For the ensuing 12 years he had a relatively unremarkable course. He had stable renal function with a serum creatinine of 0.8 mg/dl and satisfactory BP control. Annual echocardiograms revealed mild atrial enlargements, mild pulmonic insufficiency and left ventricular hypertrophy with normal systolic function with an ejection fraction (EF) of 68%. His medications included hydrochlorthiazide, propranolol, minoxidil, L-thyroxine, azathioprine and prednisone. His vision refracted to 20/20 in each eye with a correction for mixed astigmatism. He used artificial tears when needed. At the age of 30 he began reporting increasing fatigue, exercise intolerance, and generalized edema. Physical examination confirmed heart failure and furosemide and digitalis were needed for a short period to stabilize his condition. Repair of a large AV fistula did not alter his symptoms. He was readmitted with crampy, persistent abdominal pain. An ultrasound revealed a pseudoaneurysm at the site of the transplant renal artery anastomosis. Gallstones were also noted. After extensive consultations, he was considered a high operative risk and a decision was made to manage him conservatively.

At the age of 33 years he again presented with extreme fatigue and edema. A chest x-ray demonstrated cardiomegaly and bilateral pleural effusions. An echocardiogram showed biventricular hypertrophy with normal left ventricular EF (72%), bilateral atrial enlargement and a dilated aortic root. He was treated with diuretic therapy and digitalis but with limited response. He was subsequently admitted to the hospital in a dehydrated state following a short viral illness. He developed sudden hypotension and worsening of abdominal pain. A CT scan of the abdomen revealed a ruptured abdominal aneurysm. Surgical intervention was attempted, but the patient died on the operating table due to massive blood loss.

Post-mortem examination

A restricted post-mortem examination, limited by the family to cardiac biopsy, was performed within 10 hours of death. At the biopsy site 4 cm above the apex, the anterior left ventricular wall measured 2.5 cm in thickness. The left ventricular myocardium showed prominent myocyte hypertrophy with interstitial and perivascular fibrosis. Electron microscopy revealed rectangular intralysosomal crystals characteristic of cystine within interstitial histiocytes lying adjacent to myocytes (fig. 1). A single myocyte containing crystalline inclusions suggestive of cystine was identified (fig 2). Tissue cystine content was measured using a cystine binding protein assay [6]. The cystine content of the left ventricular myocardium was 18.5 nmol half cystine per mg of wet tissue as compared to myocardium from five control autopsy patients without cystinosis in whom it was 0.09–0.081 nmol half cystine per mg of wet tissue. Thus, the tissue cystine level was 1000-fold higher than normal.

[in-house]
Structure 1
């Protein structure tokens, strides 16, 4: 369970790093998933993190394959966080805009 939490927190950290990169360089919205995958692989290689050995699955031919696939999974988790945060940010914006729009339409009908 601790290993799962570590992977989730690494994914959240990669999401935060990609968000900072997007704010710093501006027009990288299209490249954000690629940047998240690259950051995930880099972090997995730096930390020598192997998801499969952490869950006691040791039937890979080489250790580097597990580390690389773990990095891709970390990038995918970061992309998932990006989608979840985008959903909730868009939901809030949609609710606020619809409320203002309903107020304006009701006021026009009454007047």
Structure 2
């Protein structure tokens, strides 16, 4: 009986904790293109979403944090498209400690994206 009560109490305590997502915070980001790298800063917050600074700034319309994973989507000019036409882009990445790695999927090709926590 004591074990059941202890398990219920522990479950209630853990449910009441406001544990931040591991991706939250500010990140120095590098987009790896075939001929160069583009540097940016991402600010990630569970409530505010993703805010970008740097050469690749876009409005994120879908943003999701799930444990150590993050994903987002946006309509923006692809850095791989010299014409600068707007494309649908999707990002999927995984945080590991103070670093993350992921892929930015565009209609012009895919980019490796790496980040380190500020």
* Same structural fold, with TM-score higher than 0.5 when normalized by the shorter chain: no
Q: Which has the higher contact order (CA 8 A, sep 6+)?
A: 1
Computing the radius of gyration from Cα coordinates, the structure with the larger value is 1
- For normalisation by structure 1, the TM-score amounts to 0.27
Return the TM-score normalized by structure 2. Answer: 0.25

Figure 1

Electron microscopy picture of the myocardium with the interstitium showing cystine rectangular crystal (× 15,000).

Figure 2

Myocardium with the interstitial histiocytes with rectangular cystine crystal.

Discussion

Cystinosis is an autosomal recessive disorder characterized by excessive storage of cystine in several organs, including kidney, spleen, liver, lymph node, cornea and thyroid gland [1, 2]. Individuals typically present in the first year of the life with symptoms of severe fluid and electrolyte disturbance, a renal Fanconi syndrome, growth failure, and photophobia. Without specific treatment, they progress to end-stage renal failure (ESRD) by end of the first decade. A rare 'late-onset' form of cystinosis presents in older children with renal impairment but not necessarily a Fanconi syndrome. Adults with 'benign' cystinosis have asymptotic corneal cystine deposition but do not have progressive renal damage [1, 2, 7, 8]. The diagnosis of nephropathic cystinosis can be confirmed by slit lamp examination of the cornea which reveals needle shaped, tinsel-like refractive opacities. The levels of cystine can be measured in bone-marrow cells, leukocytes, and cells of the rectal mucosa [1, 2, 7, 8]. Renal involvement is characterized by cystine depositions in the interstitium as well as glomerular and tubular epithelium. With disease progression there is tubular atrophy, interstitial fibrosis, glomerulosclerosis and eventual obsolescence of the glomeruli. Though hypertension is relatively uncommon in these patients. When patients reach ESRD, dialysis or transplantation are reasonable options. Graft survival in these patients is similar to that observed in ESRD of other etiologies [3]. However, cystine continues to accumulate in other organs, leading to multisystem disease. Oral cysteamine can retard progression of renal damage if started early in the course of the disease and if given for prolonged periods [2, 9]. Oral cysteamine must be continued even after transplant to prevent ongoing accumulation of cystine [2, 9]. By the time oral cysteamine became routinely available the patient had significant progression and therefore was not treated.